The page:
New Southern memoir draws comparisons to William Faulkner, Willie Morris, Gene Shepherd and Mark Twain
As I Die Laughing: Snapshots of a Southern Childhood is now published and is rocketing up the Amazon book chart. You can read the introduction and the first two stories for free at:
About the Book
Return with us now to those thrilling days of yesteryear, specifically the 1950s and ’60s, when kids like Noel Holston enjoyed a free-range upbringing, experiencing adventures as hair-raising and hilarious as Tom Sawyer and Huck Finn’s a century earlier. The author of Life After Deaf, an acclaimed memoir about his hearing loss and recovery, Holston now reanimates a lost era with the same humor and compassion his readers have come to love.
Early Praise for As I Die Laughing
“Noel’s childhood stories combine the sweet nostalgia of Gene Shepherd, the eye for detail of William Faulkner, the twists of O. Henry, and a southern storytelling gumbo all his own. The more you read, the more you want.”
— David Bianculli, author of Dangerously Funny: The Uncensored Story of “The Smothers Brother Comedy Hour”
“Noel Holston hails from Laurel, Mississippi. You will hail from there, too, by the time you have finished his yeasty, loving conjuration of his hometown as it lived and breathed in the early 1960s: a stitch in the fabric of a vanished America with its camellia bushes, live oaks, “Mammaws” who shell butterbeans on the front porch, Randolph Scott westerns at the Starlite Drive-In, guys who get their heads stuck inside the busted headlight of an abandoned city bus that sits rusting in the goldenrod. Holston is the Mr. Mark Twain of Laurel, and like Mr. Mark Twain, he tells the truth, mainly.”
— Ron Powers, author of Mark Twain: A Life and No One Cares About Crazy People
“For those who grew up in the South, Noel Holston’s rich collection of true tales will bring a stab of pleasure and recognition on every page.
Plus a few rueful cringes. For those who have not, this portrait of a developing artistic sensibility amid the nuances and assumptions of a deep southern community in mid-century America will be a revelation.
— Susan Lilley, author of Venus in Retrograde and inaugural Poet Laureate of Orlando, Florida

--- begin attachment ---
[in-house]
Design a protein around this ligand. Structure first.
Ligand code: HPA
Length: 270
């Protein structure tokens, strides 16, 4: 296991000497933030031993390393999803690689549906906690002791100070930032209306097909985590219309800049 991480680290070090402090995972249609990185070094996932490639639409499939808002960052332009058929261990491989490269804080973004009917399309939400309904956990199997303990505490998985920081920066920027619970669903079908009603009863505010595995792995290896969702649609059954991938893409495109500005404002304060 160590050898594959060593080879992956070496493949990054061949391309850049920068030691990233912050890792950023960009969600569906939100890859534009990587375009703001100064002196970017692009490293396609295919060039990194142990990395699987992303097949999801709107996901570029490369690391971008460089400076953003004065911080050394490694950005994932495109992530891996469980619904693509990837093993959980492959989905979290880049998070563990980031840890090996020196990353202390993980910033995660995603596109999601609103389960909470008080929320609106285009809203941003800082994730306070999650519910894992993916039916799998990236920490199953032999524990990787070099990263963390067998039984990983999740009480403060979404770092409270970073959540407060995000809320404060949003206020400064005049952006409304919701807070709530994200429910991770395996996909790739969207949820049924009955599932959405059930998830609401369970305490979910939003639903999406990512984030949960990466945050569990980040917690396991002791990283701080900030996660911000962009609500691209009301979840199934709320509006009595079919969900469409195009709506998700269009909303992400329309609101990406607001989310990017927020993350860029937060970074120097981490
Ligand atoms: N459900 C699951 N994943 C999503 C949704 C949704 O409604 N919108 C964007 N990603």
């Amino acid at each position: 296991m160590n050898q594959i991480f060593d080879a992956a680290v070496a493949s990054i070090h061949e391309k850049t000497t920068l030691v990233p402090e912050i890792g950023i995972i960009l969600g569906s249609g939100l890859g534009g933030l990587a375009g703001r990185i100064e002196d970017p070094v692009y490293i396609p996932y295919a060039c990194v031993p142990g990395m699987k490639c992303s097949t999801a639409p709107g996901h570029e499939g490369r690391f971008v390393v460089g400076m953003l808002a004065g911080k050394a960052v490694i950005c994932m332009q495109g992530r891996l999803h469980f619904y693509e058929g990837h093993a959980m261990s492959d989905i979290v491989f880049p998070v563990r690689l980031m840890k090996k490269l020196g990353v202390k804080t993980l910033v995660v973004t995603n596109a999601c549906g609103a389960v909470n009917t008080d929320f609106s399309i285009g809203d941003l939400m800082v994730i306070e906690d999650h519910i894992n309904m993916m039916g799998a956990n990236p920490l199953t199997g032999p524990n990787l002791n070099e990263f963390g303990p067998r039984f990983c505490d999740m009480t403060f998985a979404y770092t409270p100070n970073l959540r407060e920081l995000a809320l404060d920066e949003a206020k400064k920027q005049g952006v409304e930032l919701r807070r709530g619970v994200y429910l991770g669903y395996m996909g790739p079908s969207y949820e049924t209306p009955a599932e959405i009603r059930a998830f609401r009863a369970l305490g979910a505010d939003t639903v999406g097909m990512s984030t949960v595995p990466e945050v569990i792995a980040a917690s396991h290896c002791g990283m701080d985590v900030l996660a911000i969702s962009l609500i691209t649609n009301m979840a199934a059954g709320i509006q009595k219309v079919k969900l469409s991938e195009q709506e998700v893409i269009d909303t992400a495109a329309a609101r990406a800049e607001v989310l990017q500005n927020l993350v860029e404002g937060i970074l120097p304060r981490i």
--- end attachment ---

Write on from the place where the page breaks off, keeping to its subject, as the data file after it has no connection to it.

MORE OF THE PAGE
“Noel Holston was lucky to grow up in the rural South of the 1950s and ’60s, but readers are lucky, too, because he’s born storyteller whose boyhood memories are pure gold.”
— Nancy Pate, co-author of the Caroline Cousins mysteries, including Way Down Dead in Dixie
“Echoes of Willie Morris and Barry Hannah can be found in Noel Holston’s As I Die Laughing, a Southern-drenched and thoroughly entertaining collection of tales from the veteran journalist’s formative years in early 1960s South Mississippi. . . . Go back in time with Noel Holston and prepare to smile a lot.”
— Joe Lee, author of Resting Place and 40 Days
“Noel Holston recounts his childhood in the authentic voice of a Mississippi boy but with the eye of a seasoned observer. Each story is a crisp snapshot of a unique time and place yet told in a way that is universally relatable.
If you are like me, these writing gems will evoke the long-forgotten details of your own childhood, whether it was spent in Mississippi or Maine. Grab a glass of iced tea, find a place in the shade, and savor.”
— Jonathan Odell, author of The Healing and Miss Hazel and the Rosa Parks League
About the Author
Noel Holston, born and raised in Laurel, Mississippi (HGTV’s widely adored Home Town), is an award-winning journalist whose reviews, essays, profiles, and features have appeared in more than 100 publications, including the Washington Post, the Chicago Tribune, the Toronto Star, the Los Angeles Times, Huffington Post, Medium, Salon, Like the Dew, TVWorthWatching, Newsday, and the New York Daily News. He lives in Athens, Georgia, with his wife and frequent collaborator, singer-songwriter Marty Winkler, and their three rescue cats.